Giant Bomb News

48 Comments

Indonesia May Be Developing the Next Great Horror Game

And the developers are hoping it's a chance to put the country on the map for serious game development.

When one thinks about where the next great horror game is coming from, it’s probably not Indonesia. But it’s possible that might change with DreadOut, a love letter to Fatal Frame, when it arrives this month.

A team of roughly 20 developers in Bandung, Indonesia are in the midst of finishing work on DreadOut.
A team of roughly 20 developers in Bandung, Indonesia are in the midst of finishing work on DreadOut.

You might remember DreadOut because of its splashy, terrifying playable demo from more than a year ago. I checked out the demo on Spookin’ With Scoops way back when, and even revisited the demo on last week’s show. Only having a camera to fight the undead remains a terrifying setup for a game, quickly paralyzing the player.

Bali is the most well-known island in Indonesia, as it’s home to the country’s largest tourist population. DreadOut developer Digital Happiness is located in Bandung, situated to the west of Bali.

Not long after the demo’s release, Digital Happiness sought a modest $25,000 in funding on Indiegogo. The crowdfunding campaign made it slightly over the mark, drumming up $29,067. The reason Digital Happiness went the crowdfunding route was because it was the studio’s best option.

“It's quite funny that we're the first Indonesian game developer that succeeded in crowd funding,” said producer Rachmad Imron in an email. “There's no such thing as a games industry in Indonesia--it's still in its developing stage. There's no such thing like grants from the government to develop a game.”

That’s not entirely true, though. There are plenty of mobile and casual games coming out of Indonesia, but Digital Happiness couldn’t find anyone willing to fund its vision for a video game.

“Others pushed us to change the horror theme that we brought with DreadOut,” he said. “That would hurt our vision, so we decided to do it ourselves.”

While Fatal Frame is a large thematic and mechanic touchstone for DreadOut, Imron cited Japanese horror--Ju-on, Dark Water, Ringu--and a whole assortment of video games--Dark Souls, Clock Tower, Silent Hill, Rule of Rose, Castlevania--as primary influences on the creation of DreadOut.

In DreadOut, a group of high school students make the classic horror mistake of wandering away from the recommended path during a vacation. Upon stumbling upon an old and deserted town, bad stuff starts to happen. Bad stuff involving ghosts. Fortunately, the main character, Linda, begins to recognize her control over a strange power that allows her to combat the strange creatures with various cameras.

Less than 20 people are working on DreadOut, a game that’s in its final development sprint.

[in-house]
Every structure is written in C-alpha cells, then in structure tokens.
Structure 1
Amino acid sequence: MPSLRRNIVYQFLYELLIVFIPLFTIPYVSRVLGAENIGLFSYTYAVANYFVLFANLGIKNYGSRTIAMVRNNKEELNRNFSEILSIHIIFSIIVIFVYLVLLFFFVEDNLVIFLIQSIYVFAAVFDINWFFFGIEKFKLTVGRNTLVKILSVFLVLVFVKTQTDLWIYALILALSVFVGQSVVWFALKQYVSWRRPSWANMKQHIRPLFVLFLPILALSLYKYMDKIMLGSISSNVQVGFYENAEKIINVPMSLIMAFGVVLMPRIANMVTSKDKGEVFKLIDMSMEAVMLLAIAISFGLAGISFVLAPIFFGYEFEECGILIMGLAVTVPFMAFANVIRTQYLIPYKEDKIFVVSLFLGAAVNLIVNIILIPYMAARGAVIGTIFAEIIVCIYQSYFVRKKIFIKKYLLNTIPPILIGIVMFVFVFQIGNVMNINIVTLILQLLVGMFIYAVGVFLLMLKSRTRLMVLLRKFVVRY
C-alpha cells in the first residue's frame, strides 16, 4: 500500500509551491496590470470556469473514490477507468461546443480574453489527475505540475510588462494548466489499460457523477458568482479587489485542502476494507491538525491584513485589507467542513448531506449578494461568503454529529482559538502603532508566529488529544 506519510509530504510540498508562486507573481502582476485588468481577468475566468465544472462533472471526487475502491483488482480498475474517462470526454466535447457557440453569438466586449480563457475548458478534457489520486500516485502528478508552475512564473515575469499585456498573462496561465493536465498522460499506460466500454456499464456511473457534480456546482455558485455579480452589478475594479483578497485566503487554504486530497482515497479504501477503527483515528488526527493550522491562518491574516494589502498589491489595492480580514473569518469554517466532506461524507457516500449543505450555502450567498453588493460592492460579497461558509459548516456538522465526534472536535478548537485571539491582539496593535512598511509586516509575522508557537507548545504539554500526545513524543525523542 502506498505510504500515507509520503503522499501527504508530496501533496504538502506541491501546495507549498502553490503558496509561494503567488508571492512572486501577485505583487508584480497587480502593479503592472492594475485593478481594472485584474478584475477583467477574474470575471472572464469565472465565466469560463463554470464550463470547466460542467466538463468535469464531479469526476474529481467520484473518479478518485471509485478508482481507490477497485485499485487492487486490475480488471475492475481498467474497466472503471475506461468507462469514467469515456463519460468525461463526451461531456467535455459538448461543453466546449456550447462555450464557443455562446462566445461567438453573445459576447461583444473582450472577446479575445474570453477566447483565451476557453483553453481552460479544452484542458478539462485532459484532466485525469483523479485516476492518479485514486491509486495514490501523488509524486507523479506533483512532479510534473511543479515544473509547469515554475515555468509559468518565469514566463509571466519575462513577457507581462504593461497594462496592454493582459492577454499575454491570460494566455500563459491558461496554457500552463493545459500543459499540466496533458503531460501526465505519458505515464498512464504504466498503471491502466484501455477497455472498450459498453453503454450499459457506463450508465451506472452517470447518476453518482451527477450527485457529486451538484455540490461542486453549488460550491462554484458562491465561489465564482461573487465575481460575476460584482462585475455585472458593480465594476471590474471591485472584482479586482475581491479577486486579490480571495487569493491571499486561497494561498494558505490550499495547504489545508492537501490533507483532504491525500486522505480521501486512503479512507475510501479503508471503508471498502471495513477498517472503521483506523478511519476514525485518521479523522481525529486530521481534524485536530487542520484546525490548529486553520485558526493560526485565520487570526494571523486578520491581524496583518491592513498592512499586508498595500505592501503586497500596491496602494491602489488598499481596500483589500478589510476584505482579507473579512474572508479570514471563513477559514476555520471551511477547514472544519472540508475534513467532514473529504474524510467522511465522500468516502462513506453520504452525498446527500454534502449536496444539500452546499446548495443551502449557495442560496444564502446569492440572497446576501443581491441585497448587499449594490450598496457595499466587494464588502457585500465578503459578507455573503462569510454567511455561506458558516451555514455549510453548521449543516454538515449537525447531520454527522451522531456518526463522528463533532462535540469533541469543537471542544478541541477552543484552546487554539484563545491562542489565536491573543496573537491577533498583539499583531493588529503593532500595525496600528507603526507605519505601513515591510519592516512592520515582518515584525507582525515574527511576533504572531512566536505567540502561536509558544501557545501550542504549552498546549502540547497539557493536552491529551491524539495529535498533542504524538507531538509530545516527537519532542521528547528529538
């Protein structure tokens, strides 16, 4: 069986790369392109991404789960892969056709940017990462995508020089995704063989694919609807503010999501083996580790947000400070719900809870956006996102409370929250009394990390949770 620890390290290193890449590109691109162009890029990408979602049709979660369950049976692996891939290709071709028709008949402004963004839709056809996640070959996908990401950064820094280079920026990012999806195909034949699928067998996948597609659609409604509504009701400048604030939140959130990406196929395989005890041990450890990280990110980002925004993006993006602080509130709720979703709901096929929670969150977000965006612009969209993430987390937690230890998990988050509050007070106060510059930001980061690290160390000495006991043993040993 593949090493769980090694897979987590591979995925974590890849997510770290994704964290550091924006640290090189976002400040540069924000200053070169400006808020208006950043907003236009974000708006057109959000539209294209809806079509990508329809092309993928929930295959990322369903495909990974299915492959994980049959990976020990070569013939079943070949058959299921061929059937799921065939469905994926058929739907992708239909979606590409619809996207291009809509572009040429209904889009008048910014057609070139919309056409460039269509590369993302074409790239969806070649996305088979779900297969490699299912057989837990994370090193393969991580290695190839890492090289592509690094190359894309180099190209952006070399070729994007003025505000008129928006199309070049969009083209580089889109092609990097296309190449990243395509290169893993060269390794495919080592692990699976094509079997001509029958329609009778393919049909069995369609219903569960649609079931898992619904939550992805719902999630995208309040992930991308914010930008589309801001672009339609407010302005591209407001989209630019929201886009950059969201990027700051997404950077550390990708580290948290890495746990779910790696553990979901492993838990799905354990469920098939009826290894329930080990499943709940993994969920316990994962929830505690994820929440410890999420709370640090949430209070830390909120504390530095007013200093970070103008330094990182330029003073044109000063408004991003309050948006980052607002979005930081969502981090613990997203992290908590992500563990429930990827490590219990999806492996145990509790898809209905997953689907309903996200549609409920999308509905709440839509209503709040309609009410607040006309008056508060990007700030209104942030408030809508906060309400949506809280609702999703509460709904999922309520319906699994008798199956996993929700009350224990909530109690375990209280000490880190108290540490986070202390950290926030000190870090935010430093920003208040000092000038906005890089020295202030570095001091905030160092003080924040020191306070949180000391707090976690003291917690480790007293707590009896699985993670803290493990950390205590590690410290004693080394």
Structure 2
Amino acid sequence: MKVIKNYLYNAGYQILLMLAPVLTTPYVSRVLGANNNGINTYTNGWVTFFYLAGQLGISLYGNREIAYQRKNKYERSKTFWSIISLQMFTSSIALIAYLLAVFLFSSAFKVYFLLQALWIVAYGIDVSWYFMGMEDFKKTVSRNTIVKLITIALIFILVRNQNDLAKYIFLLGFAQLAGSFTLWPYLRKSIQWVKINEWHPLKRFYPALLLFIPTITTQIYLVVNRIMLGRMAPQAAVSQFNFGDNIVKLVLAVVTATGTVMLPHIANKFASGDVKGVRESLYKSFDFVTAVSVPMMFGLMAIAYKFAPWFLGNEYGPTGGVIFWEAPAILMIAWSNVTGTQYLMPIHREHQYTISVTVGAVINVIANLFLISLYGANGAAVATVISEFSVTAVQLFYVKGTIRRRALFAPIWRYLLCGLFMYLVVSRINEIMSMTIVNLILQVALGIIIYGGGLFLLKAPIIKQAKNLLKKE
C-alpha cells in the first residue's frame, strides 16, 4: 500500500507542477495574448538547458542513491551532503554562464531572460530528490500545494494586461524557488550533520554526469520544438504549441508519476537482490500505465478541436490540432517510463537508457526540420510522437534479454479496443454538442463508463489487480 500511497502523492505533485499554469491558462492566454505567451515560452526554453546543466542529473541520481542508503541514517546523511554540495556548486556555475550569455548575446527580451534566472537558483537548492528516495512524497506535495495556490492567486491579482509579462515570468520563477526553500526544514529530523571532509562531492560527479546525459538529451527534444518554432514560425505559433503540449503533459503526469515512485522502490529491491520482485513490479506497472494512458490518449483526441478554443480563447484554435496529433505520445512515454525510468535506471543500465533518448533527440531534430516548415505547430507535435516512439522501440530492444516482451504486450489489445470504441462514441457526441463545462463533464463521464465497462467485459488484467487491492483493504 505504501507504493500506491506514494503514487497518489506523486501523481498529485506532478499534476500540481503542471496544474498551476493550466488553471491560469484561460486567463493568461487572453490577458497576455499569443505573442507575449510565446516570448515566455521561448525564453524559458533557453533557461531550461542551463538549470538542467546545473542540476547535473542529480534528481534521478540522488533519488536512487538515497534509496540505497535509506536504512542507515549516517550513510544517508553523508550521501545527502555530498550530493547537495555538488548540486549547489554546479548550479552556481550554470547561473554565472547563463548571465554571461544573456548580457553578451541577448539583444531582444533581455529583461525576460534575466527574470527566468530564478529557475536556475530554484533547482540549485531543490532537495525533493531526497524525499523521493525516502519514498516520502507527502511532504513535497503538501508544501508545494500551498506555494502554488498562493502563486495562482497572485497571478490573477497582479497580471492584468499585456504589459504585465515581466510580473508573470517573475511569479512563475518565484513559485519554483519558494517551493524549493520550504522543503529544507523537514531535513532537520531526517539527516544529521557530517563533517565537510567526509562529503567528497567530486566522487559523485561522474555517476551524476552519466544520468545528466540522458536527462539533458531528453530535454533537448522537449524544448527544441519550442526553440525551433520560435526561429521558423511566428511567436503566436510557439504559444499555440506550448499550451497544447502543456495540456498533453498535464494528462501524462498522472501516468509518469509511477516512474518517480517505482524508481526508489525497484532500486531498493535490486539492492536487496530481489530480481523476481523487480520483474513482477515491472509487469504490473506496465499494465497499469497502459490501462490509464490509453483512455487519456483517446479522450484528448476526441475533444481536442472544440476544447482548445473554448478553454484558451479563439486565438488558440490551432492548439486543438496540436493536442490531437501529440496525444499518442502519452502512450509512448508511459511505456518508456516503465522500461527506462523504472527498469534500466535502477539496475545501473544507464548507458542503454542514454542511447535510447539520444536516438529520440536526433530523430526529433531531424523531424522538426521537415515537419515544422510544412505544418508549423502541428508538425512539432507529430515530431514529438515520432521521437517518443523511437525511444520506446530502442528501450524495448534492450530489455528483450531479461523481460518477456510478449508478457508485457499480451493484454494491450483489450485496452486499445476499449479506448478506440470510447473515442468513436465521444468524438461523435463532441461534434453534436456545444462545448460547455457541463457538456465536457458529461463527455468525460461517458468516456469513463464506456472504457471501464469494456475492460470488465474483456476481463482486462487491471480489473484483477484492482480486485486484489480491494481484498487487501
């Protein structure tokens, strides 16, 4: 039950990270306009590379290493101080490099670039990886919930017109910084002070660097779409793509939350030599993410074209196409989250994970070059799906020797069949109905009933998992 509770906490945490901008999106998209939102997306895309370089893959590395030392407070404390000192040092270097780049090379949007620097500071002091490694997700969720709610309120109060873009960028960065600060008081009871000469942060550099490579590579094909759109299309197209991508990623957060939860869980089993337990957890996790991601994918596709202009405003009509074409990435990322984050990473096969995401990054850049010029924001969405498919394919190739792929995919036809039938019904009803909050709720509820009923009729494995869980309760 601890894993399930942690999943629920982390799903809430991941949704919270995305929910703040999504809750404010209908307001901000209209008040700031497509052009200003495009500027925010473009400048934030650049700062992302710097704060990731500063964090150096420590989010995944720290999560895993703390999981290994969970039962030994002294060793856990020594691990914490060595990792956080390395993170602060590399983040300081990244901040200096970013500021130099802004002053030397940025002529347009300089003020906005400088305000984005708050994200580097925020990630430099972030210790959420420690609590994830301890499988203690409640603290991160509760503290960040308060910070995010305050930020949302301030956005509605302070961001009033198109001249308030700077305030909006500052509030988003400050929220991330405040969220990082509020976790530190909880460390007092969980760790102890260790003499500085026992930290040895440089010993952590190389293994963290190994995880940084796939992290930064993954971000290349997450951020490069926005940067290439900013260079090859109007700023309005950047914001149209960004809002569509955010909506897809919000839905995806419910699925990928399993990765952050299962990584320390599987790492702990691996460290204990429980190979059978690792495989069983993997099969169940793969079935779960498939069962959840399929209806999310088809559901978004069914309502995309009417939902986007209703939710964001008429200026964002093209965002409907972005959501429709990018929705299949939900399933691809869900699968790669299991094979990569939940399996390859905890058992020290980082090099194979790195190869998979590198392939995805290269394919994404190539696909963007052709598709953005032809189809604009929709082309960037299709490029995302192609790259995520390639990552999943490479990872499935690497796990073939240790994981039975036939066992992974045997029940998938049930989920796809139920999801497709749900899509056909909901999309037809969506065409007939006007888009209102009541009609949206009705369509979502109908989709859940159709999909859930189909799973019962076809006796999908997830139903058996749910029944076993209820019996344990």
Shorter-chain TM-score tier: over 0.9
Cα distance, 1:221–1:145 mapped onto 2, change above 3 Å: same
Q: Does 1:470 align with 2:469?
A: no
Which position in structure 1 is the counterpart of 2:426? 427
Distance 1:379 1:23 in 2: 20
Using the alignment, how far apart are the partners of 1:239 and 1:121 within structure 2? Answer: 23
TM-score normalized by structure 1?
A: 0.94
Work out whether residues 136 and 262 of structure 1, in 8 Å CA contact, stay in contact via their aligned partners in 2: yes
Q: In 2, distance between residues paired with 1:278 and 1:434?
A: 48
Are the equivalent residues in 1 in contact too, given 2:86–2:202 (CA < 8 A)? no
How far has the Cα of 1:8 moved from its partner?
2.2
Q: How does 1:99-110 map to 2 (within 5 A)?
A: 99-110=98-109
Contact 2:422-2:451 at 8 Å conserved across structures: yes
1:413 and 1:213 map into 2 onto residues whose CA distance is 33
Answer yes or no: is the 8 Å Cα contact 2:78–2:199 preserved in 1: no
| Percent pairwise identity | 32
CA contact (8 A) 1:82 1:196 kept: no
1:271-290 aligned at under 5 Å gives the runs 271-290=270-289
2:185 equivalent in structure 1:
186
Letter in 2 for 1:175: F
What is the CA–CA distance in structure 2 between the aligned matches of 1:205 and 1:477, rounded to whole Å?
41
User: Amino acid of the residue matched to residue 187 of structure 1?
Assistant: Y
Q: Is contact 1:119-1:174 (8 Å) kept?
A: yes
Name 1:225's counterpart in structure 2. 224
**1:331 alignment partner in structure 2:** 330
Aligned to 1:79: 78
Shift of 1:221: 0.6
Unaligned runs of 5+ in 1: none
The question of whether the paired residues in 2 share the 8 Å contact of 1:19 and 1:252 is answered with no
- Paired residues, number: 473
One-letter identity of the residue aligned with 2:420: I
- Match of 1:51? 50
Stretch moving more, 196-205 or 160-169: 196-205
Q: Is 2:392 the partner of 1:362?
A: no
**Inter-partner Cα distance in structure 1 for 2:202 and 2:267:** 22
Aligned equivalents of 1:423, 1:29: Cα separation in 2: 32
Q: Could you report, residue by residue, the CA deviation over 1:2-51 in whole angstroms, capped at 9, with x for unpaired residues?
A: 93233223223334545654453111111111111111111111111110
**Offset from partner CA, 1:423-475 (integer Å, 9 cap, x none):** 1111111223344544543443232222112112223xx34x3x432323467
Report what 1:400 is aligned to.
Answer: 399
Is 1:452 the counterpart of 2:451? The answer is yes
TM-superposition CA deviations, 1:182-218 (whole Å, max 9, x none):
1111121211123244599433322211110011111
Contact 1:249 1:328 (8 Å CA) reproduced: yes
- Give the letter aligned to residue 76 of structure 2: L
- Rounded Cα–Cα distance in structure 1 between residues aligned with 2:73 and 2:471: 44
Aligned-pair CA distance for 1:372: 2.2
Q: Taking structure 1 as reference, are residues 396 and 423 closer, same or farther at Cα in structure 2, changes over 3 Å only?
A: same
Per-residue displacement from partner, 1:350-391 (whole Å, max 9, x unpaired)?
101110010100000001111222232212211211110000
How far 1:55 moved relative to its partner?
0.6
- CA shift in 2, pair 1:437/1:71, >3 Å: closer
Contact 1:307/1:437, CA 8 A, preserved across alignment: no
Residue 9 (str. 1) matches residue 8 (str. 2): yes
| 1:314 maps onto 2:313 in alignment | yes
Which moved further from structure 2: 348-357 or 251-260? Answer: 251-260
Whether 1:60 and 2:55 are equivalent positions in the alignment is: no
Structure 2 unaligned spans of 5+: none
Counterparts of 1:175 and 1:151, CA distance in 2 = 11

DreadOut was originally pegged as “the Indonesian horror,” though Digital Happiness now refers to the game as “third-person supernatural horror.” A less interesting tagline but potentially more accurate.

“We don't want people seeing us as trying to hard to get that ‘Indonesian’ thing in our game,” said Imron.

Digital Happiness hopes games like DreadOut will encourage non-mobile and casual development in Indonesia.
Digital Happiness hopes games like DreadOut will encourage non-mobile and casual development in Indonesia.

That might stem from DreadOut sharing so many similarities with established Asian horror tropes, like creepy women with long, black hair. Indonesia is part of Southeast Asia, and the region’s urban legends and myths share similarities with what we already associate with Asian media.

“We think there's still a lot more to explore and the difference between them is very interesting,” he said.

In developing the story, the team has drawn on the ghost stories they all heard while growing up. And while Digital Happiness hasn’t experienced anything supernatural or weird while making the game, Imron quickly pointed to how supernatural phenomenon is embedded in Indonesian culture, even today.

“In some regions, it's actually common to see a headline in a newspaper saying ‘School Struck by Mass Possession.’” he said. “At a local convention, while we were presenting our game, there was a creepy guy watching us. He offered help on opening our ‘sixth’ sense, to gain the ability to see djinn and supernatural beings in order to get an accurate version for our game ghost designs. Naturally, we refused the offer politely.”

Even though Digital Happiness has no interest in making mobile or social games, Imron hopes the success of those games brings more money and interest in game development to Indonesia.

"There's no such thing as a games industry in Indonesia--it's still in its developing stage."

“We have a lot of good human resources but most of them went abroad because there’s no game industry in Indonesia, but we hope this will change soon,” he said.

Later this month, we’ll find out if DreadOut can move the needle. Even if it doesn’t, maybe it can scare the hell out of us. And if nothing else, maybe it encourages some people to learn more about Indonesia.

“Our food is hot, spicy, but cheap,” said Imron. “The living cost is also relatively cheap. The traffic is awful in major cities. Oh, and over here, mosquito is your biggest enemy.”

Patrick Klepek on Google+